2005 Univ er sidad del Bío . not only from application or industrial point of view. bringing the particles closer to one another.2% volume filler (Chan et al. altering the bulk properties significantly.5% is relatively large. Ash et al. al. Finally. 170 . When there is little or no interfacial interaction between the filler and matrix and the interparticle distance is small enough. Ray and Okamoto (2003) presented a brief discussion about heat distortion temperature (HDT) of nanocomposites. This is hypothesized to be due to the creation of crosslinks. Thus.Maderas. (2004) stated that the most dramatic increases in the modulus of nanocomposites occur in the region above the Tg (glass transition termperature). 2005). Jordan et al. The small interparticle distance in nanocomposites was used as another parameter to explain the changes in the elastic modulus and strength of these materials when compared with the composites with micron-sized particles. Ray and Okamoto state that increasing of HDT due to clay dispersion is a very important property improvement for any polymeric material. then the boundary layer of polymer at the interface will comprise a large percentage of the matrix and can create a system where there is no space for a low modulus region to form. Indeed. Often. decrease. the interface layers from adjacent particles overlap. On the other hand. 2002). HDT of a polymeric material is an index of heat resistance towards applied load. The distance between particles in a composite with the filler weight fraction below 0. The same parameter also plays a role in the glass transition temperature changes observed in nanocomposites versus composites with micron-sized reinforcement (Jordan et. with reduction in particle size. these increases are much greater (4000%) than those that occur below Tg. in this case the polymer between each particle is not considered to belong to the thin film regime. If the particles are densely packed. characterized by the procedure given in ASTM D-648 (see figure Nº13). and hence. but also because it is very difficult to achieve similar HDT enhancements by chemical modification or reinforcement by conventional filler.Bío surrounding the inclusions will be a region of high modulus. the interparticle distance and the resulting thickness of the film. between nanoparticles and polymer which serve to increase the plateau modulus. either temporary or permanent. the polymer between two particles acts as a thin film. number of filler particles increases. For a thin film. Ciencia y tecnología 7(3): 159-178. the ability to strictly control the size and surface activity of nanoparticles in recent dynamic mechanical studies on silica/polyvinylacetate nanocomposites above the Tg has shed new light on the nonlinear reinforcement behavior of rubbery melts. Most of the nanocomposite studies report HDT as a function of clay content. established that for constant filler content. the glass transition temperature decreases as film thickness decreases. Figure N°12: (a) Pure polypropylene and (b) polypropylene with 9. As the filler concentration increases.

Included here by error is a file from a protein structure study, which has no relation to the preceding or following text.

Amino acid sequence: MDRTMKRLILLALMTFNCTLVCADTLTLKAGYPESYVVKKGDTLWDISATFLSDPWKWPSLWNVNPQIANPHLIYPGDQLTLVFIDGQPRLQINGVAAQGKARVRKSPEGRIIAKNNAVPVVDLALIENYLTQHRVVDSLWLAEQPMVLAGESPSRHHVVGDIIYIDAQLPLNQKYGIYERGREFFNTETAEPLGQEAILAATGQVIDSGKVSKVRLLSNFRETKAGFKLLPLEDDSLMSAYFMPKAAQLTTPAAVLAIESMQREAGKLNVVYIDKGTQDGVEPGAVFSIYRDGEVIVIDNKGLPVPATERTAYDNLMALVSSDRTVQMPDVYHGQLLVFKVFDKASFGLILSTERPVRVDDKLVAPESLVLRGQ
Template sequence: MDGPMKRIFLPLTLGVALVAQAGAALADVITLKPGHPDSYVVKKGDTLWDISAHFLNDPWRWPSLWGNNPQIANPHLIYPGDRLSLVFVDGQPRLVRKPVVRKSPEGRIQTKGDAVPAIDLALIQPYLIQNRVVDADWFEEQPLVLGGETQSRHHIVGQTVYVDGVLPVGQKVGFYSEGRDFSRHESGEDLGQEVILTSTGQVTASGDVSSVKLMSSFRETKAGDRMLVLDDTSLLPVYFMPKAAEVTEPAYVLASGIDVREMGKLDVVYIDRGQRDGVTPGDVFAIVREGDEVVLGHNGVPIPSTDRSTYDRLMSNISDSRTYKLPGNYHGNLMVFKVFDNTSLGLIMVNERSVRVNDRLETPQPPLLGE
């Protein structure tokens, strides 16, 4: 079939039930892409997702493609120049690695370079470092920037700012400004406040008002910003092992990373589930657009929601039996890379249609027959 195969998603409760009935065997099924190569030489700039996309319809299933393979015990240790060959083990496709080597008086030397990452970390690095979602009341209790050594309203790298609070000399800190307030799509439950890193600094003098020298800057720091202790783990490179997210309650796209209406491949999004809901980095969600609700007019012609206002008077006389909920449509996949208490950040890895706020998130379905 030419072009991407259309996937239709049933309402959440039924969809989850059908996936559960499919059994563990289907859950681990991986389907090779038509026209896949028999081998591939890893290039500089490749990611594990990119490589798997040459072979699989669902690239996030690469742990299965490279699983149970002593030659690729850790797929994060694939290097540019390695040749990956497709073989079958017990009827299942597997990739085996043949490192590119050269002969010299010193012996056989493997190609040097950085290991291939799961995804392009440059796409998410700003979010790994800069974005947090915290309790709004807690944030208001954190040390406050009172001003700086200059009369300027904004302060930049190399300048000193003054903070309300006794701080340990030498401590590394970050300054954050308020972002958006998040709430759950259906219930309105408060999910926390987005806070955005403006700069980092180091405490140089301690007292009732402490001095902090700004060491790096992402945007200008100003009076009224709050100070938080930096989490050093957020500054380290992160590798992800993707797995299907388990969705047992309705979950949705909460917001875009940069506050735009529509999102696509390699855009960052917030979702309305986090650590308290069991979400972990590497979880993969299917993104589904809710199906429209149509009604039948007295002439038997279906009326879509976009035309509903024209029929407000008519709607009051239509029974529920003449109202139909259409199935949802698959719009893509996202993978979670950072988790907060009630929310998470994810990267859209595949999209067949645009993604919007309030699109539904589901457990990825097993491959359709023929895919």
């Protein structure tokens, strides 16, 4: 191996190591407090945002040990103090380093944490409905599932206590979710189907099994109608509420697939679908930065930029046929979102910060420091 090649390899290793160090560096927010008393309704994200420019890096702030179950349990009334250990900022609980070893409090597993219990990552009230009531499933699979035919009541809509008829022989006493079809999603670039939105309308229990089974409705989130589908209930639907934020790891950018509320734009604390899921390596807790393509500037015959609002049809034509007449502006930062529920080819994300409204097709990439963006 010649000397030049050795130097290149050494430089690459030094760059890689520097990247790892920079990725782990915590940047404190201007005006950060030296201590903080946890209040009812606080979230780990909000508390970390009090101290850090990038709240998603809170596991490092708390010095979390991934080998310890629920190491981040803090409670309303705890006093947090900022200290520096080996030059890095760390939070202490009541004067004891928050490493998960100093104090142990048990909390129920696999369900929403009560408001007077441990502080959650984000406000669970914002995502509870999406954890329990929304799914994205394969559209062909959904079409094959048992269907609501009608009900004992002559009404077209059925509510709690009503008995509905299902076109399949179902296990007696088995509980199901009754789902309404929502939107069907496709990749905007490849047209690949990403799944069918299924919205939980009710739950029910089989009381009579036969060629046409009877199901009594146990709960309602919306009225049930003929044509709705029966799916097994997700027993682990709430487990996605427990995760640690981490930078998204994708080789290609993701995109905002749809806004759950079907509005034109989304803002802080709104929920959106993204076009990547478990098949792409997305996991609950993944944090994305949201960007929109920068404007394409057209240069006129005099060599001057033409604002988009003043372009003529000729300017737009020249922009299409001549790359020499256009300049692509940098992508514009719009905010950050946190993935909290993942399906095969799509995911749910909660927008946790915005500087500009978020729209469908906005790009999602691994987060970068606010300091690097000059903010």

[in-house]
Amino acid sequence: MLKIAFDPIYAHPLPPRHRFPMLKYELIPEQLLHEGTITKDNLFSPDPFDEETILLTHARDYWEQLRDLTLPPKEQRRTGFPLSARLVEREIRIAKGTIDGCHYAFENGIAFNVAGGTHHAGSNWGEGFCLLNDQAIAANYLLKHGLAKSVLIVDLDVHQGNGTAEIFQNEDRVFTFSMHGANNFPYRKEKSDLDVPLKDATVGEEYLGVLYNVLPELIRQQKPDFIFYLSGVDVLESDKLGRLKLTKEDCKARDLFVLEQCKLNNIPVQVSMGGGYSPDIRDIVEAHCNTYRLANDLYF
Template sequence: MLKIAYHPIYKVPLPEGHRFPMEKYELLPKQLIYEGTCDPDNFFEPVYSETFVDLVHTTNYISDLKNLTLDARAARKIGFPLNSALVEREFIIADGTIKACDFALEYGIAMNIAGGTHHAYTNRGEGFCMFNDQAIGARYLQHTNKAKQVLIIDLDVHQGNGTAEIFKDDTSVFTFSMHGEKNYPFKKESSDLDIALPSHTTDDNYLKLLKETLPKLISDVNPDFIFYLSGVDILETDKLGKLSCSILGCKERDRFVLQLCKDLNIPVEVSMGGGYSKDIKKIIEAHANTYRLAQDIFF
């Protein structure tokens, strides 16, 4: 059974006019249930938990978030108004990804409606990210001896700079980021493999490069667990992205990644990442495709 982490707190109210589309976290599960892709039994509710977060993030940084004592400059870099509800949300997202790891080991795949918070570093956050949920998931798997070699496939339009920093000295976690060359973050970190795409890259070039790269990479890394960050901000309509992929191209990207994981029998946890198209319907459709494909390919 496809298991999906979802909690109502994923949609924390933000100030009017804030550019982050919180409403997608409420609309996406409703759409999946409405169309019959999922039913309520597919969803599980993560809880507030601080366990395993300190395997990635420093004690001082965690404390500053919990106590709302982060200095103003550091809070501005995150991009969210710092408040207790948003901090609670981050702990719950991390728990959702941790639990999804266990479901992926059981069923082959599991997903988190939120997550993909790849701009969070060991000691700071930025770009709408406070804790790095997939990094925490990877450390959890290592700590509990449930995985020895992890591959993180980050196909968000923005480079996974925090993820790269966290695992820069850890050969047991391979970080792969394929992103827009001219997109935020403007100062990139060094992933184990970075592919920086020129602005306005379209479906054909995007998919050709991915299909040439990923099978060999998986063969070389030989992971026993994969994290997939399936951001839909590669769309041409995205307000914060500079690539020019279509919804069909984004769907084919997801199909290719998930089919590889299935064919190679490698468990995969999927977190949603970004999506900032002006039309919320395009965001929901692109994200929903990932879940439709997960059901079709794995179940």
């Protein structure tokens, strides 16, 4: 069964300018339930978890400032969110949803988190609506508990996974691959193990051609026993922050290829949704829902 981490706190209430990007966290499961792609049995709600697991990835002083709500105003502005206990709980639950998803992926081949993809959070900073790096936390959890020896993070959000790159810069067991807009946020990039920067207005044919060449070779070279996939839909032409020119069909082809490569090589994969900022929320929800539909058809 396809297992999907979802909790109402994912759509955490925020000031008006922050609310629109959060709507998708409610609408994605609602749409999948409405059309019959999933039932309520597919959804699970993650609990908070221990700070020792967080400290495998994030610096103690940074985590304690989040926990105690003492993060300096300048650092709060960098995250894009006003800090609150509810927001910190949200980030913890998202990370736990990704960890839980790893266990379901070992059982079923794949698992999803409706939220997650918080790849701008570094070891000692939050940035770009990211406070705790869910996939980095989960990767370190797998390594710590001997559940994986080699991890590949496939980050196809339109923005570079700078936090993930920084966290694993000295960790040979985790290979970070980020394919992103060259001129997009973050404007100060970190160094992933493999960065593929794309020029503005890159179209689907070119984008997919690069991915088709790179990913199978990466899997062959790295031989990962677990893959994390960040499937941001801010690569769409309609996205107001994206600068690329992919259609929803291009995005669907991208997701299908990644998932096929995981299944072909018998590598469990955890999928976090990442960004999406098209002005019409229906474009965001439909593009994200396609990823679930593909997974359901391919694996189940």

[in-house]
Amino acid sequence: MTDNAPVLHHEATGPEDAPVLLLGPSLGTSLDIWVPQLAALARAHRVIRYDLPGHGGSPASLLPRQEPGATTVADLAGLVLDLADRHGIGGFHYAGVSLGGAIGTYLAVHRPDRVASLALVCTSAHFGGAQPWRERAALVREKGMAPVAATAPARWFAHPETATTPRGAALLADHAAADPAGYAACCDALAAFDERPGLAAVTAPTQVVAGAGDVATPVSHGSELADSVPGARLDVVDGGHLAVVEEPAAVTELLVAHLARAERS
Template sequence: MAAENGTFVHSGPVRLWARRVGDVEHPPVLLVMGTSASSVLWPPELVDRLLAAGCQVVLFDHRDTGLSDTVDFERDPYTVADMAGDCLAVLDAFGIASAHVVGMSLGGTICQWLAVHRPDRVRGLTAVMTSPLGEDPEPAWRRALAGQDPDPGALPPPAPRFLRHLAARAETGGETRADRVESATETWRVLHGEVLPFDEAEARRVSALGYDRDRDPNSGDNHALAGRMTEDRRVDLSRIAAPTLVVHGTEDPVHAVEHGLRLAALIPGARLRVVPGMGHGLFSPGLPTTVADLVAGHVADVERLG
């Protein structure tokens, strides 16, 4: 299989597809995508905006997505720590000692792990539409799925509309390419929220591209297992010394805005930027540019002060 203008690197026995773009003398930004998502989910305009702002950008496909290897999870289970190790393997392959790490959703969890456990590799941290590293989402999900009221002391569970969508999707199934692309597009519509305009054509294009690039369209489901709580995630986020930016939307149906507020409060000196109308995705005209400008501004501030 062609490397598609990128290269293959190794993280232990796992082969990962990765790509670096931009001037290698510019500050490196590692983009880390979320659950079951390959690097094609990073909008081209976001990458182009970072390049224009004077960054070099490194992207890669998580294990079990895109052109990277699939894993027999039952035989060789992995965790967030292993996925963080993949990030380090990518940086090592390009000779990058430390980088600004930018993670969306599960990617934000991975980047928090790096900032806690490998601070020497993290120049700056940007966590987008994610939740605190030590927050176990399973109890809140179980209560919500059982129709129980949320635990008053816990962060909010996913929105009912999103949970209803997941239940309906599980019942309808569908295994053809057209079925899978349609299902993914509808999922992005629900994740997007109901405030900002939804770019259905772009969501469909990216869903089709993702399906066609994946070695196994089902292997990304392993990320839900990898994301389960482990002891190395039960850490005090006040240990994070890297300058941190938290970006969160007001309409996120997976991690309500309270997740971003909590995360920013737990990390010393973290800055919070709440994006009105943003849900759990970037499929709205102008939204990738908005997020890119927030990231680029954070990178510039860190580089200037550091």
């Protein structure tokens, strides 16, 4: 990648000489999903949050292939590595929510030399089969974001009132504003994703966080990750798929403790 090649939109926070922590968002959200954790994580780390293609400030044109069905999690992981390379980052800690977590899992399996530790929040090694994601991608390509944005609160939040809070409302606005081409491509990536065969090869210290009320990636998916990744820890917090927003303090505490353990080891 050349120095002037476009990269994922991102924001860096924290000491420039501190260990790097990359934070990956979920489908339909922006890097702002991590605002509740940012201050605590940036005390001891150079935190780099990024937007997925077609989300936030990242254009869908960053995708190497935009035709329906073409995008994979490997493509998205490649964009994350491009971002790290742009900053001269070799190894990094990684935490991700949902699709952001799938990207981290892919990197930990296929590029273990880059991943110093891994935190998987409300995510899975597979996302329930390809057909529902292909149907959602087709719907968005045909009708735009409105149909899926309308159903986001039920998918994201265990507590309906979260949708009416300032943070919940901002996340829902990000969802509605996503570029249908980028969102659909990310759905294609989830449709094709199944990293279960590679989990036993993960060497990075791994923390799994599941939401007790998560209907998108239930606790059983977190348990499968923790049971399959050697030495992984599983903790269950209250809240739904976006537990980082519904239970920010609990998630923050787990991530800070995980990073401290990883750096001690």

Table Nº2 shows a comparison between CNTs composite and polypropylene matrix (Breuer and Sundarraraj. Ciencia y tecnología 7(3): 159-178. 2005 Figure N°13: Organoclay (wt%) dependence of HDT (Ray and Okamoto.: Gacitua et al. the main challenge is to be able to implement these properties in composites on a macroscale. which reduced the diffusion of gases in the nanocomposites. Maderas. Ray and Okamoto (2003) proposed that clays increase the barrier properties by creating a maze or “tortuous path” (see Figure Nº14) that retards the progress of the gas molecules through the matrix resin. The impermeability of the silicate layers in the polymer. The tensile modulus as well as storage modulus of TPO/organoclay nanocomposite was substantially higher over a 20% talc based microcomposite. (2005). may participate in the reduction of the flammability.Polymer nanocomposites.. 2003). established that the compatibilizer not only enhances the intercalation of the polymer chain inside the clay gallery but also changes the thermoplastic elastomer composition (which is very important for end use application) of the TPO/ clay nanocomposite. combining the choice of materials with the appropriate processing method. From the point of view of gas barrier properties. In the field of nanocomposites using carbon nanotubes (CNTs). Figure N°14: Formation of tortuous path in polymer/layered silicate nanocomposites (Ray and Okamoto. 2003). He states that the improved flammability happens in the condensed phase and is not likely to be due to a higher thermal stability of the nanocomposite. found a dramatic reduction in peak heat release rate for the nanocomposites compared to pure polypropylene-graft-maleic anhydride and its hybrid. 171 . nanocomposites offer interesting features. it has already been established that CNTs possess remarkable properties.. Mishra et al. Nowadays. Tidjani (2005). 2004). Using an intercalated thermoplastic polyolefin (TPO)/organoclay nanocomposite with maleic anhydride functionalized PP as a compatibilizer.